Here is an excerpt from my novel, Night Vision, which I published as an e-book in 2013; this is how the blurb describes it: “Beulah and Neil Cameron return to his childhood home of Easthope to try and repair their damaged marriage. Neil is profoundly and wrongly jealous of Beulah’s best friend; however Beulah discovers that Neil has his own secrets which may damage their marriage more permanently. The disappearance of his fifteen year-old brother Patrick thirty years ago, casts a long shadow, and despite Neil’s opposition, Beulah is determined to find out what happened to him.”
In this except from near the beginning, Neil and Beulah have had a terrible row and she is wandering alone in Camel Wood:
She wandered on, climbing slightly and hit a track and followed it until it disappeared and she was wandering aimlessly once more. The trees were in full leaf, but a sombre and dreary green in the grey afternoon light. There was no wind and fancifully it seemed to Beulah that she was watched. She had no notion of time, and didn’t care.
There were rocky outcrops now as she walked into an ancient and long abandoned quarry, and it was here she saw the tree, the tree she was moved to climb. It had branches at just the right inviting height and she smiled to herself as she reached to catch hold and pull herself up.
She had a rush of excitement, a sort of thrill she hadn’t had for so long that it seemed it was when she was young. But I’m not old! her inner child cried, forty-seven, that’s old, her real self replied.
It was a wonderful tree to climb and soon she was eight foot off the ground and she stopped and smiled and wondered when she’d last done that. She could see the rocky walls of the quarry more clearly, covered with ivy and unfurling ferns and long trails of some sort of vine.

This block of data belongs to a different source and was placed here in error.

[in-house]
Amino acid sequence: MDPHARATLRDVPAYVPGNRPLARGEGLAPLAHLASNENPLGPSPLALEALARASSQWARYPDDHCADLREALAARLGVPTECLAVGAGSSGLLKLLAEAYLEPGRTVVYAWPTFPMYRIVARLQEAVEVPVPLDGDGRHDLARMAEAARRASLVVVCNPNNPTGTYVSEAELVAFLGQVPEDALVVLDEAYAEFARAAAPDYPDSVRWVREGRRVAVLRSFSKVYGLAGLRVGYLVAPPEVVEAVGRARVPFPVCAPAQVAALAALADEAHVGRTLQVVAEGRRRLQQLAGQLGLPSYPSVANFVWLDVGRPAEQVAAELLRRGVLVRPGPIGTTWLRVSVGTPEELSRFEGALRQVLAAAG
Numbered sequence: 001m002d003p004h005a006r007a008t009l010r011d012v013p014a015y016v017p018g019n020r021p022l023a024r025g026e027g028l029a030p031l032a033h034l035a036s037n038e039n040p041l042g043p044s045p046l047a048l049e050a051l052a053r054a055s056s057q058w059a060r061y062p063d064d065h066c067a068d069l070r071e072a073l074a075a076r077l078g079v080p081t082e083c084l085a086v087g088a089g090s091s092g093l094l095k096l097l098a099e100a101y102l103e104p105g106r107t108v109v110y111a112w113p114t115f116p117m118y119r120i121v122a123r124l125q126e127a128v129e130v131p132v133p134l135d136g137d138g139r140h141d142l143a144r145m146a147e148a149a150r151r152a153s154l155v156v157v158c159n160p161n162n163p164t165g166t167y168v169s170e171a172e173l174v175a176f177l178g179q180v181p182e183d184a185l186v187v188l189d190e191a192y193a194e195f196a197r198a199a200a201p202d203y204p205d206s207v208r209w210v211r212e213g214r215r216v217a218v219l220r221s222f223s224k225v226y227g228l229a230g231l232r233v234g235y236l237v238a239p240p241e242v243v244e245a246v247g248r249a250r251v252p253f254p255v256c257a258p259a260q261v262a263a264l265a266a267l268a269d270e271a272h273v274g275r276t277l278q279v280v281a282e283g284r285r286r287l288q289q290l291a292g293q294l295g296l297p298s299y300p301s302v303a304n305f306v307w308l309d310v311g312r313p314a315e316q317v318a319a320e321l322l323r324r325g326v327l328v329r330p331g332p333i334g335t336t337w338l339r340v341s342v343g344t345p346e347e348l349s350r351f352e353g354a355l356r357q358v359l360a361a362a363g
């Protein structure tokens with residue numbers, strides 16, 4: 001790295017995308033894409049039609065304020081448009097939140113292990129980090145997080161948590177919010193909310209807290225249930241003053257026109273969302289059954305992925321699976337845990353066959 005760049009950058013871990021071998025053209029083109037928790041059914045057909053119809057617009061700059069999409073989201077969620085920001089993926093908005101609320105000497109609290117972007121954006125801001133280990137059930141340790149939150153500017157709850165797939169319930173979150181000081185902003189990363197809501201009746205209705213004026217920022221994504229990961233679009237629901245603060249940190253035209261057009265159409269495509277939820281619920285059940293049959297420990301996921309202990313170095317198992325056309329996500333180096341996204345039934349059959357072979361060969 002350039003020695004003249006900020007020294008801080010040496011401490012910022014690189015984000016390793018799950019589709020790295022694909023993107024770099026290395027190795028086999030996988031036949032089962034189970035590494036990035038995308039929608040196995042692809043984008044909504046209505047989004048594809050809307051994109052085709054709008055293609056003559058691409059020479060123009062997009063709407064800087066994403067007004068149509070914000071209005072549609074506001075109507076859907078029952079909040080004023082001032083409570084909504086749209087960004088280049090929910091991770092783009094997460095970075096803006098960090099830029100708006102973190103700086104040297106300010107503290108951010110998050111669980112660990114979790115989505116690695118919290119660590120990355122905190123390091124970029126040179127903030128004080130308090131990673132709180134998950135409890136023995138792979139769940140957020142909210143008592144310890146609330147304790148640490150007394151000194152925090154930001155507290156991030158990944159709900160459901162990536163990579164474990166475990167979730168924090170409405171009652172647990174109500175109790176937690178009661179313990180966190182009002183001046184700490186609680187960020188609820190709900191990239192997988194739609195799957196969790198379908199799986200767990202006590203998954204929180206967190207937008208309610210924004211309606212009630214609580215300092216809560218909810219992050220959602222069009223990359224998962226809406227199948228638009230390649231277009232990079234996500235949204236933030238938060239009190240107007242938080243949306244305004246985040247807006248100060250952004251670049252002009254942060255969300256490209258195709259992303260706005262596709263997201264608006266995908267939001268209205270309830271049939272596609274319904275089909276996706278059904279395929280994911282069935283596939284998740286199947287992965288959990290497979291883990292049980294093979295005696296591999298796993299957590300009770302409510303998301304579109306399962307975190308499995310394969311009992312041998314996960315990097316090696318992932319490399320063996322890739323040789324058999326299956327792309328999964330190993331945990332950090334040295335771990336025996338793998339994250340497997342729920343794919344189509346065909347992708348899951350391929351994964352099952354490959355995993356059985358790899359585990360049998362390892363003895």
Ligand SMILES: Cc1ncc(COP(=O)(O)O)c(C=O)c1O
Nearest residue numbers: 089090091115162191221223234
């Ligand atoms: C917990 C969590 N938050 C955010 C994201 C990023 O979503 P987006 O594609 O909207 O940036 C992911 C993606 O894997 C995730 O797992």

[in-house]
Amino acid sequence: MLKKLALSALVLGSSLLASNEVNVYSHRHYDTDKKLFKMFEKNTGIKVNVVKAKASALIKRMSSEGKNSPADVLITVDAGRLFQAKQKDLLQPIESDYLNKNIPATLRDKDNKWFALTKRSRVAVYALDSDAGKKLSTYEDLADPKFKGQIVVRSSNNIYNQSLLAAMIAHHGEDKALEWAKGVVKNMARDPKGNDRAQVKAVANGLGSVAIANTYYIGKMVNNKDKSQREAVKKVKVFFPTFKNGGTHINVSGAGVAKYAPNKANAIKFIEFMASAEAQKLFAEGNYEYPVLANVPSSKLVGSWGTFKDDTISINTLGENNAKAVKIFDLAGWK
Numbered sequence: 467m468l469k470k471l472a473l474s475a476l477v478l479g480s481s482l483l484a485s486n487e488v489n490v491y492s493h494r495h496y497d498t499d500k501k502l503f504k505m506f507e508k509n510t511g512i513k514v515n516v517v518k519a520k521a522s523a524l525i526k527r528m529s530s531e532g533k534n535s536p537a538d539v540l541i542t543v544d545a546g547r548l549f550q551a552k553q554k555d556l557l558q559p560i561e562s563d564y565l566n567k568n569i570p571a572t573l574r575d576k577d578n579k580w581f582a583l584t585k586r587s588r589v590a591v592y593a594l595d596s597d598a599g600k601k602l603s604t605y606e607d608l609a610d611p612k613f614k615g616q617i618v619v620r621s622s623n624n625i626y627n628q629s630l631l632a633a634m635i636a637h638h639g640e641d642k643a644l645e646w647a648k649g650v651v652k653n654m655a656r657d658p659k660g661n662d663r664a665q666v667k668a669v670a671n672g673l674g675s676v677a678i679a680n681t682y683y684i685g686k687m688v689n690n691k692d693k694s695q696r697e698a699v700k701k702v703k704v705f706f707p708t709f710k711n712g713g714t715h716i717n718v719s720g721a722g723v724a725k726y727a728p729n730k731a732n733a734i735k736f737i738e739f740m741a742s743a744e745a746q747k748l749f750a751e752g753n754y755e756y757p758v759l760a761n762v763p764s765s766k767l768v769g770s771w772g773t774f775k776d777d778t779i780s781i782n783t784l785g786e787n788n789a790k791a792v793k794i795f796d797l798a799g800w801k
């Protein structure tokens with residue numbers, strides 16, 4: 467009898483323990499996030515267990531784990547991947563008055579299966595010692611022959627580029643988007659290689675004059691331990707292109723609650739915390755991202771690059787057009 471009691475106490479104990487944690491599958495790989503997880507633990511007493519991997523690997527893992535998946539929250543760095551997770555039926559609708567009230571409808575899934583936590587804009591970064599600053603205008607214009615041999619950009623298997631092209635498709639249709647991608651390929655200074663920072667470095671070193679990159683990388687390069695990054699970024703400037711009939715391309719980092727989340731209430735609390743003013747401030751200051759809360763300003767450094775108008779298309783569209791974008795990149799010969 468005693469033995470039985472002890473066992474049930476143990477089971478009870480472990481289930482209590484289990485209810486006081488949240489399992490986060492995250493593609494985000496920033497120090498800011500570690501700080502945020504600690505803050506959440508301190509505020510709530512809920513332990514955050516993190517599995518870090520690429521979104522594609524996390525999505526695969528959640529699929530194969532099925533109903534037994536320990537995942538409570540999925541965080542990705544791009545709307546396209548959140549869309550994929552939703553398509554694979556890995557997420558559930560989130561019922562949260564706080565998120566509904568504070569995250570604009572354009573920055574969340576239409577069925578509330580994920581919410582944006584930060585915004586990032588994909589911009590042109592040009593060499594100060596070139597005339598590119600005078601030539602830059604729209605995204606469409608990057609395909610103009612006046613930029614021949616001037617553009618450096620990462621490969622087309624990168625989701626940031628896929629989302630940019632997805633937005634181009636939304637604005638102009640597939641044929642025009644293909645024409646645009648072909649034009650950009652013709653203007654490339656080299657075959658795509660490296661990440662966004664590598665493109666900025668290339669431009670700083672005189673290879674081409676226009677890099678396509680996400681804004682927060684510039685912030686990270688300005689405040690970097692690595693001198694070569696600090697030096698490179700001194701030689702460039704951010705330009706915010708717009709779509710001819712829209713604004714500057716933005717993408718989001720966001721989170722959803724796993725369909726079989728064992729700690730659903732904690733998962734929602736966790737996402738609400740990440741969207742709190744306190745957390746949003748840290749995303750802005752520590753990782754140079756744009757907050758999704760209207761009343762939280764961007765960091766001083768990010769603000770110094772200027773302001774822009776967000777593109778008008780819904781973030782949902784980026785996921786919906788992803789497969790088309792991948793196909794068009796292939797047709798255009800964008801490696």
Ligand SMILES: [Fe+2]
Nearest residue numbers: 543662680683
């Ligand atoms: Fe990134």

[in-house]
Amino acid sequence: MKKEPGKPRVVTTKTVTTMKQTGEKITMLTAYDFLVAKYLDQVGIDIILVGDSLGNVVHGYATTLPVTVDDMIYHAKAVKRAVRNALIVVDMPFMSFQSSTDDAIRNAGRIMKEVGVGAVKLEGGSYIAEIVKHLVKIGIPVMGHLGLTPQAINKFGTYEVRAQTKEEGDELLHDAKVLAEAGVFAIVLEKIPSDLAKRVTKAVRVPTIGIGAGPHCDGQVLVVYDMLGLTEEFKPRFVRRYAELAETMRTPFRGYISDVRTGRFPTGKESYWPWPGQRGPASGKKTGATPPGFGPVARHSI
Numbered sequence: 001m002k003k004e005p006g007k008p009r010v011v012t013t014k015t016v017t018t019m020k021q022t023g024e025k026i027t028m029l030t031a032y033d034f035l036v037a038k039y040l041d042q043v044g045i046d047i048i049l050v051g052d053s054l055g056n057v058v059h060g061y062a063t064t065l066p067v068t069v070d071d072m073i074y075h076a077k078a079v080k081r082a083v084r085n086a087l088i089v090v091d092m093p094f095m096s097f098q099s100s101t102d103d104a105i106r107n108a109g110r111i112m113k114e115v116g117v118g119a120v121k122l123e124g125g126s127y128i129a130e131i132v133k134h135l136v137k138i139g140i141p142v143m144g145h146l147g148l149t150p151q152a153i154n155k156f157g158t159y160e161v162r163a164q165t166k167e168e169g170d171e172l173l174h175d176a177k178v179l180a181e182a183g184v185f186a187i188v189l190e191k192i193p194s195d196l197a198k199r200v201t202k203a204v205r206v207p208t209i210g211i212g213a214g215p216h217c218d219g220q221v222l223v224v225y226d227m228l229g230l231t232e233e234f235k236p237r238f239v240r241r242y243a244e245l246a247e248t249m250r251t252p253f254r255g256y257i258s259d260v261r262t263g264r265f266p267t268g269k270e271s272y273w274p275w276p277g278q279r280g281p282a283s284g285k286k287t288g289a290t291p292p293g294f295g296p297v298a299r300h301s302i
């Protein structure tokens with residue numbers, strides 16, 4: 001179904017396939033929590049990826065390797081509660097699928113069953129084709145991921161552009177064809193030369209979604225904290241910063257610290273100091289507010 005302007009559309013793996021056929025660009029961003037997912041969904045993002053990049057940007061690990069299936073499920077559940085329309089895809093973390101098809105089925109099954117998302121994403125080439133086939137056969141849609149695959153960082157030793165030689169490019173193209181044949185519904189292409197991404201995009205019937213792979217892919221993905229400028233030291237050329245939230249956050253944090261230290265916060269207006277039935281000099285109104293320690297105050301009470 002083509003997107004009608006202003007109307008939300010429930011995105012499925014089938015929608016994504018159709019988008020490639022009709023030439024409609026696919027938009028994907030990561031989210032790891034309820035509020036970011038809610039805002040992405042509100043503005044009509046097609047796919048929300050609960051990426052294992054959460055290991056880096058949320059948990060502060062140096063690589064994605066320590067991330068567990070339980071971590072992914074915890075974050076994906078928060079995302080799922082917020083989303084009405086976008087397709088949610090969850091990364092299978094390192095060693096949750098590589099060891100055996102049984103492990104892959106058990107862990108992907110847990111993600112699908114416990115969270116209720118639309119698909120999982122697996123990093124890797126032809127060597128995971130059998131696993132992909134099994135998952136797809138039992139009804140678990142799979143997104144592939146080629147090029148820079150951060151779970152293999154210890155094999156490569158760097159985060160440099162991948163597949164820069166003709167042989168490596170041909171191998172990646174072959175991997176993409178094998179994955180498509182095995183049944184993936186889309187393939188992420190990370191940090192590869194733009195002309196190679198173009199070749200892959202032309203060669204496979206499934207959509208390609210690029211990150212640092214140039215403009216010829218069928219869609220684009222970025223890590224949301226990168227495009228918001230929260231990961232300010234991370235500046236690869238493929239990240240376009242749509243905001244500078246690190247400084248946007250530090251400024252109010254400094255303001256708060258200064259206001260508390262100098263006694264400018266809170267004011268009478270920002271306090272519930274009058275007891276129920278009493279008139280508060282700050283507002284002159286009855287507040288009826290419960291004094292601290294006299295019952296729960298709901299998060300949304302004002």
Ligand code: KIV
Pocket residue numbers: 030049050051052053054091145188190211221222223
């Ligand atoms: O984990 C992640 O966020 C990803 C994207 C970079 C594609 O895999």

Beulah began to climb again, not looking up, enjoying the feel of the bark, the smell of the leaves. Sun shafted through the branches, the weather clearing at last and she glanced over at the cliff and then back again in disbelief.
There was a sculpture of a hanging man suspended on the rock in an impossible place. It was carved out of wood but she couldn’t quite see it because a branch hung down. It was difficult to climb higher but she had to get a better look at the figure on the rocks.
Beulah reached for the next bough and had to stretch for it, a broken off stump protruding awkwardly. She still couldn’t see the carving and lacing her fingers together, pulled herself up awkwardly, bumping her breast and grazing her face. The discomfort made her feel alive and she smiled as she wedged her foot on the broken stump and pulled herself onto the next branch, swung her legs over and sat peering at the figure.
It was not a carving at all; it was a stunted trunk of a tree growing out of the side of the quarry, she could see that now, but its natural provenance made it even more remarkable. It still looked exactly like a hanging man, the rounded chest straining above the concave belly; a swelling of some canker round the hips suggested he was swathed in cloth, or wearing britches, or as if he had a satyr’s fleecy legs or was Pan himself.
A grooved channel running down the lower part of the twisted trunk marked his legs pressed together and then a splay of aerial roots gave the impression of cords binding the ankles and hiding the feet or cloven hooves.
Above the swelling chest, the head lolled forward, the top of the tree pollarded or deformed by some growth. The face was hidden but the sun highlighted a bent nose, parted lips and the line of the brow; gnarled protuberances, lumpy and knotted looked like curls of shaggy hair. On either side, twisting branches, like bent arms, came together as if the wrists had been bound, and tangled vines of ivy hid the hands.
It was the most amazing thing and Beulah stared at it, mesmerised. It was strangely moving, a primitive god unexpectedly revealed, sacrificed for some dark magical mystical reason. She looked down; she was nearly thirty foot above the ground. From below the hanging man would look like a twisted and deformed tree, growing out of the rock face. Only from here was the mystery revealed.
© Lois Elsden 2017